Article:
Oh how times have changed! When I was at the British Woodworking Federation, beginning in the mid-90s, wood was perceived as an environmentally unfriendly material, but now demand is again growing. The wider UK timber industry can surely only look back with disbelief at how we had previously got things wrong for so long!

Now it’s more important than ever not to forget the hard-won lessons.

Firstly, we must remind everyone of timber’s environmental credentials. We must continue to take – and make – every opportunity to communicate our message in the most effective way. We have to be seen to be working with the environmental lobby groups. Using certificated sources of timber is not an option – it’s a must. Every seller of timber must be able to demonstrate chain of custody.

Secondly, every company selling timber in the UK has to play its part in supporting a comprehensive and ongoing programme of promoting this wonder material.

Finally, and not least of all, merchants dealing with builders, joiners and DIYers must have staff who are properly trained and ensure that the timber they sell is always of good quality and fit for purpose. Merchant staff mustn’t be intimidated by customers who only want to buy the cheapest timber with no regard to its intended use. Merchants have clear responsibilities – moral and legal – to make their customers aware of the relevant Building Regulations and Codes of Practice.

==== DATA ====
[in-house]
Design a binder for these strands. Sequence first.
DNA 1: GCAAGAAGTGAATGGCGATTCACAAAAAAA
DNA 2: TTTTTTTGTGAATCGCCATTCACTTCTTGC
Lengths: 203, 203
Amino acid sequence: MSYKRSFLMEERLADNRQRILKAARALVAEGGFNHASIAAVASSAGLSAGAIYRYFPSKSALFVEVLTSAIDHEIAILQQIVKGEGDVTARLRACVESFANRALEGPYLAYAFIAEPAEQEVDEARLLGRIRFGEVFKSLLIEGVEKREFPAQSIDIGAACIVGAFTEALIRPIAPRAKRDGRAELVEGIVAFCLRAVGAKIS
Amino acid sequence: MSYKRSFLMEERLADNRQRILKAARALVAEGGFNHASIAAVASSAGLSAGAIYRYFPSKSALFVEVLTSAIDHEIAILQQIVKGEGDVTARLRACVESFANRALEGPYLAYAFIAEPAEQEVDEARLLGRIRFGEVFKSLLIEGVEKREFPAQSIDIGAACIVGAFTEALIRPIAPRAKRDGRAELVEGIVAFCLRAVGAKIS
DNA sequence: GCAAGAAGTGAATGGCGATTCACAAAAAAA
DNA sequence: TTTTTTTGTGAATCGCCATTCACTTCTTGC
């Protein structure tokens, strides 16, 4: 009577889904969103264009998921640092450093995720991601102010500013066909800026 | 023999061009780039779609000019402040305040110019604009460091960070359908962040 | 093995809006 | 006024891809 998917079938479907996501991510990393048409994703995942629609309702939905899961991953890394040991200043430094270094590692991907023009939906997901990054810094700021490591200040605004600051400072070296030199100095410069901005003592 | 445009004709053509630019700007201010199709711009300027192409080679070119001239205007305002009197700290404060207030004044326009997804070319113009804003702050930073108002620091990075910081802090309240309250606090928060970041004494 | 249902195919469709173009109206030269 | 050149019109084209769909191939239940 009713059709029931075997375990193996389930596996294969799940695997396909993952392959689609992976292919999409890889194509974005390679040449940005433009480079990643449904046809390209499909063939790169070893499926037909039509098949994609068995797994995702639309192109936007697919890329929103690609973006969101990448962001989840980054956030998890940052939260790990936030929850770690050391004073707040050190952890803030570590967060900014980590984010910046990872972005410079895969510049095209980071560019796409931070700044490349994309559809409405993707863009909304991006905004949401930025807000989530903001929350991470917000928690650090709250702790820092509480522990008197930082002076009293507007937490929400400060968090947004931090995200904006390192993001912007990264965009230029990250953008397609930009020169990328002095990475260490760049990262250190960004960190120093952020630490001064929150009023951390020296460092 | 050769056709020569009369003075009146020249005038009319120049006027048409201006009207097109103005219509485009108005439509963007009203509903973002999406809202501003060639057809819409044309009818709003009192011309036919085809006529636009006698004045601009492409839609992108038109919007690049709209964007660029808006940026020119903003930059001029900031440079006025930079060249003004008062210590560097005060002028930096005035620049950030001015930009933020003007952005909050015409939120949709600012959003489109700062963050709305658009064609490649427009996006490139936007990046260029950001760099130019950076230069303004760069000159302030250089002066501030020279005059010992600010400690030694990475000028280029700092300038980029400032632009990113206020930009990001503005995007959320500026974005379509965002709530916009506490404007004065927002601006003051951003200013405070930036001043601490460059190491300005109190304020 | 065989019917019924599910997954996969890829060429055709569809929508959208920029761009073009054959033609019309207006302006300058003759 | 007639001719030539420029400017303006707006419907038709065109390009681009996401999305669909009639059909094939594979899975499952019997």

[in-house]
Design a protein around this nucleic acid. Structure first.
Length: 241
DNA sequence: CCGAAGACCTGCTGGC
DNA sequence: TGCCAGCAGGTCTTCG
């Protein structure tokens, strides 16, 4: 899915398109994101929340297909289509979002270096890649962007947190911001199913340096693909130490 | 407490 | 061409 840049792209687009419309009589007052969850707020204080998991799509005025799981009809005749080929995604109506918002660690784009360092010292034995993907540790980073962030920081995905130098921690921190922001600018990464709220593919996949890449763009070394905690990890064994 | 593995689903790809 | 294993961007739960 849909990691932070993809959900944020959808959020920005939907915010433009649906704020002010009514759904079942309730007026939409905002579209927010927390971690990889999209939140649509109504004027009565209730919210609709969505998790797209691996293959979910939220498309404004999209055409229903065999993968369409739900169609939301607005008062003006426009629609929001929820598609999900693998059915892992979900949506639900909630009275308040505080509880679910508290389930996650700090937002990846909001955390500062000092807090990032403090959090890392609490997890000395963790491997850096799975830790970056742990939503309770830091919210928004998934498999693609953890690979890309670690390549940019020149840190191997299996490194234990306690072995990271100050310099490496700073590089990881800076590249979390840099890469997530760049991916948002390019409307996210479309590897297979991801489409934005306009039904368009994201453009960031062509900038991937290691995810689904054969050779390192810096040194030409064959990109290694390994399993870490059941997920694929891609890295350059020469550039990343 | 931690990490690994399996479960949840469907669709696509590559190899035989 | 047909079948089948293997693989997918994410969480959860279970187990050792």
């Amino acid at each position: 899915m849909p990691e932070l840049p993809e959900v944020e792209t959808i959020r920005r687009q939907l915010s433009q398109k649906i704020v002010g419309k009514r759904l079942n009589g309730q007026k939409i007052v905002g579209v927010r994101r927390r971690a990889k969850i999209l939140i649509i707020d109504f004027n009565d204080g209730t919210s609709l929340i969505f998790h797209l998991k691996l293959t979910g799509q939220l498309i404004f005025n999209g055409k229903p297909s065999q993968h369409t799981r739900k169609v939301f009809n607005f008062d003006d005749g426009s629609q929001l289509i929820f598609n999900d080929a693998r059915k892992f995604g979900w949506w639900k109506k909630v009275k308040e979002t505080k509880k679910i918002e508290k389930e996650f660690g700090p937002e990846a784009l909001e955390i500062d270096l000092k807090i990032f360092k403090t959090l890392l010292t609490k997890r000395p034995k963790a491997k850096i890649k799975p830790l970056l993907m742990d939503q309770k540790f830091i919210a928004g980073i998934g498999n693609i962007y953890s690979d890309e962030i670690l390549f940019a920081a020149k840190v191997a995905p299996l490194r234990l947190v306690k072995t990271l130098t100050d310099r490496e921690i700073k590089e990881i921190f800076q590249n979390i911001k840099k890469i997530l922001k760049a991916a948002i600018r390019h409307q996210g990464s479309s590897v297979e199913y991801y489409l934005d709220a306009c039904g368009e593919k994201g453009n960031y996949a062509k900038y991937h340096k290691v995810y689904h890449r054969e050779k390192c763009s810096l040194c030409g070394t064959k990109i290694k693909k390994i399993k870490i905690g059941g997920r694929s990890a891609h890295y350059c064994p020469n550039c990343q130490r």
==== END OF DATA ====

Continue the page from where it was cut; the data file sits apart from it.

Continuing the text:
Under the BMF’s new Product Support strategy it is especially committed to helping its members in this area. The BMF’s new Selling Guides are designed to provide clear, concise and relevant information to help members keep abreast of the latest standards and give them the confidence to recommend the most suitable timber products to customers. In conjunction with its £1m annual training business, the BMF is going all out to help the 200 of its members who now sell timber – that’s 20 more than a year ago!

The future’s bright for timber merchants!